Latest Kaiser Health News Stories
Fentanyl and other painkillers marketed as safer than Purdue Pharma’s blockbuster drug left their own trail of overdose deaths.
The Trump administration signals it is willing to consider such a move if it is carefully tailored to focus solely on specific situations where a high-priced drug is made by one company.
With rising college costs, up to half of college students’ finances are stretched so tight they report that they were either not getting enough to eat or were worried about it, studies find.
A new government watchdog report outlines vulnerabilities in Medicare’s $17 billion hospice program, pointing to inadequate services, inappropriate billing and outright fraud.
After a USA Today Network-Kaiser Health News investigation, Medicare announced last week that it is re-evaluating whether these procedures “pose a significant safety risk” to patients.
Kaiser Health News gives readers a chance to comment on a recent batch of stories.
Grants by top pharma group to lightly regulated, politically active nonprofits dwarf its conventional campaign spending.
Several major drugmakers vow to contain drug prices, but similar pledges since the 1990s have not had much impact.
After 130 years as a nonprofit with deep roots in western North Carolina, Mission Health announced in March that it was seeking to be bought by HCA Healthcare, the nation’s largest for-profit hospital chain.
KHN senior correspondent Sarah Varney reports on how the island’s mounting physician shortage is making it even more difficult to get care.
The average increase in California is smaller than the double-digit hikes expected around the nation, due largely to a healthier mix of enrollees and more competition in its marketplace. Still, health insurance prices keep growing faster than wages and general inflation.
Some California children with serious health care problems wait more than a year for wheelchairs, bath benches, commodes, specialized crutches and other crucial medical equipment. Critics blame the delays on a confusing bureaucratic maze of private insurers and public programs.
The vaccine, BCG, is relatively cheap. But experts caution the therapy could be overhyped and, if proven effective, wind up overpriced.
In this episode of KHN’s “What the Health?” Julie Rovner of Kaiser Health News, Margot Sanger-Katz of The New York Times, Anna Edney of Bloomberg News and Julie Appleby of Kaiser Health News discuss the health politics of the latest Supreme Court pick, as well as the Trump administration’s efforts to further undermine the Affordable Care Act. Plus, for extra credit, the panelists recommend their favorite health stories of the week.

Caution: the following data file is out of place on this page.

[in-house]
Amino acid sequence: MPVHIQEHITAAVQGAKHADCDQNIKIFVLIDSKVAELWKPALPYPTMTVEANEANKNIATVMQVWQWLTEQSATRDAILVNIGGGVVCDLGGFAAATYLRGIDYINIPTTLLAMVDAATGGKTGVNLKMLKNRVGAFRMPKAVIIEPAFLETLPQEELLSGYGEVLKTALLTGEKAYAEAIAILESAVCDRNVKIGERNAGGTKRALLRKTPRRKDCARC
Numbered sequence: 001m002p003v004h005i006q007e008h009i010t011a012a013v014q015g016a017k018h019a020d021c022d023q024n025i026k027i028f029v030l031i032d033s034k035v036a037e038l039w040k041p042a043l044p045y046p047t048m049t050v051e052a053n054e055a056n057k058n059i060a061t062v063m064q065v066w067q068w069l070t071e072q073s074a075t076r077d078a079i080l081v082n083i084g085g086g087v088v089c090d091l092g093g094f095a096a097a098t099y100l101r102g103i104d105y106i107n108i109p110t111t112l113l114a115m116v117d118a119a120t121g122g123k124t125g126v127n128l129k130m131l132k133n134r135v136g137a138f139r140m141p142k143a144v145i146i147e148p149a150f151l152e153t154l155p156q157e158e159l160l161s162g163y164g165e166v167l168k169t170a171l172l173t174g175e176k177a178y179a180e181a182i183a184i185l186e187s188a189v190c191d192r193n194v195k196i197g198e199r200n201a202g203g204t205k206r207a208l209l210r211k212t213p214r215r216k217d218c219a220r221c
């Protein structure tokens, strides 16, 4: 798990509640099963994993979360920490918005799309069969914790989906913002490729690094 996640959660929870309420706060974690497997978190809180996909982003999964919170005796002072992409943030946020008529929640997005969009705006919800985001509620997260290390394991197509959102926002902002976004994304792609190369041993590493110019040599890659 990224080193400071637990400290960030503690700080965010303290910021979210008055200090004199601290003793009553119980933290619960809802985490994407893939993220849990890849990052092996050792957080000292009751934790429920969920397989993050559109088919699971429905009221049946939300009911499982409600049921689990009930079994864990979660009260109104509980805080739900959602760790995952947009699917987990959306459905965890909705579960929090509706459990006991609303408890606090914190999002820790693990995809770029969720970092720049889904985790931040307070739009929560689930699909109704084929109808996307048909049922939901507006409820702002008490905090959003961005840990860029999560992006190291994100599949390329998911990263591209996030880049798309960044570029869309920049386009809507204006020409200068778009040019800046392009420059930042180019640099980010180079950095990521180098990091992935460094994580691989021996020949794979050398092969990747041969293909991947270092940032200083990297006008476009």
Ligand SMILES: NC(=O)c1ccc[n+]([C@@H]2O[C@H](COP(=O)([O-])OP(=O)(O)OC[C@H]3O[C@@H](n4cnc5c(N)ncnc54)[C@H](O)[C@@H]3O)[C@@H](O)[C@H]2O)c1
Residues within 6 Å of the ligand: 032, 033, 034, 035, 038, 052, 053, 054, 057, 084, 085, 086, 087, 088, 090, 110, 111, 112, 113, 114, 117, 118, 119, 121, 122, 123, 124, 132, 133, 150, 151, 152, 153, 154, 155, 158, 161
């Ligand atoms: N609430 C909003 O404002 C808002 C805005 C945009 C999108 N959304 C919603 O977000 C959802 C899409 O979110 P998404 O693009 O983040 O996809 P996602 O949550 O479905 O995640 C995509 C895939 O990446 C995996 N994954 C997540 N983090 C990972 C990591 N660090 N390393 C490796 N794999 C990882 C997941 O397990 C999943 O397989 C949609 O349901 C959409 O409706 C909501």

Medicaid has struggled for years with poor oversight and billions lost to improper payments. A new report finds that despite their fraud-fighting rhetoric, Medicaid managed-care companies are not as rigorous as they should be in ensuring the integrity of the Medicaid payment system.
The Trump administration suspended a program over the weekend that helps stabilize the health insurance exchanges created by the Affordable Care Act, prompting some insurance companies to warn of higher premiums. KHN’s Julie Rovner and Chad Terhune explain the uncertain health care landscape in the U.S.
Other readers ask what can be done to challenge unexpected medical bills — whether the result of an emergency room visit or after a change in prescription drug coverage.
In this episode of KHN’s “What the Health?” Julie Rovner of Kaiser Health News, Joanne Kenen of Politico, Stephanie Armour of The Wall Street Journal and Anna Edney of Bloomberg News discuss the latest enrollment numbers for the Affordable Care Act, Medicaid work requirements in Kentucky and President Donald Trump’s proposed government reorganization plan. Plus, for extra credit, the panelists recommend their favorite health stories of the week.
Efforts to provide care that integrates physical and mental health services are spreading, partly because untreated mental health conditions negatively affect physical health and escalate health care costs.
It’s getting increasingly difficult for patients to afford Truvada, also known as pre-exposure prophylaxis, or PrEP, because of the drug’s high price and insurance company efforts to restrict the use of coupons that shield patients from it.